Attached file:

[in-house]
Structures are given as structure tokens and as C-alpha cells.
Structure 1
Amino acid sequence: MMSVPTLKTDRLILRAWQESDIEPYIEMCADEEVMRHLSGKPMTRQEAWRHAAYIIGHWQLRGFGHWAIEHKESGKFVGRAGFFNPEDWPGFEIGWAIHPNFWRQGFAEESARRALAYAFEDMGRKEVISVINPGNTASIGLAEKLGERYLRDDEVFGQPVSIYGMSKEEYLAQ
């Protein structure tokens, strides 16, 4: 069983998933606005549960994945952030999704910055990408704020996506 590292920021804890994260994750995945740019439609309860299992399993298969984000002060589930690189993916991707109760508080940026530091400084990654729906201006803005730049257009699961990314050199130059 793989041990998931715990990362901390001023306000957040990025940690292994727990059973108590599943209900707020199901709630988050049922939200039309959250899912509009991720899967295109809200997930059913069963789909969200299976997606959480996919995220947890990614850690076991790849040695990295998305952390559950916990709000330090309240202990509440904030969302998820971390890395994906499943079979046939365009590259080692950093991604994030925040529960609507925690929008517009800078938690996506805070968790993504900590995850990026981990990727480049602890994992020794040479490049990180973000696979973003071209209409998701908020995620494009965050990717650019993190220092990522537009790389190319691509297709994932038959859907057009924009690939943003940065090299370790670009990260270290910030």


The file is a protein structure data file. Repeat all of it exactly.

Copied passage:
[in-house]
Structures are given as structure tokens and as C-alpha cells.
Structure 1
Amino acid sequence: MMSVPTLKTDRLILRAWQESDIEPYIEMCADEEVMRHLSGKPMTRQEAWRHAAYIIGHWQLRGFGHWAIEHKESGKFVGRAGFFNPEDWPGFEIGWAIHPNFWRQGFAEESARRALAYAFEDMGRKEVISVINPGNTASIGLAEKLGERYLRDDEVFGQPVSIYGMSKEEYLAQ
């Protein structure tokens, strides 16, 4: 069983998933606005549960994945952030999704910055990408704020996506 590292920021804890994260994750995945740019439609309860299992399993298969984000002060589930690189993916991707109760508080940026530091400084990654729906201006803005730049257009699961990314050199130059 793989041990998931715990990362901390001023306000957040990025940690292994727990059973108590599943209900707020199901709630988050049922939200039309959250899912509009991720899967295109809200997930059913069963789909969200299976997606959480996919995220947890990614850690076991790849040695990295998305952390559950916990709000330090309240202990509440904030969302998820971390890395994906499943079979046939365009590259080692950093991604994030925040529960609507925690929008517009800078938690996506805070968790993504900590995850990026981990990727480049602890994992020794040479490049990180973000696979973003071209209409998701908020995620494009965050990717650019993190220092990522537009790389190319691509297709994932038959859907057009924009690939943003940065090299370790670009990260270290910030």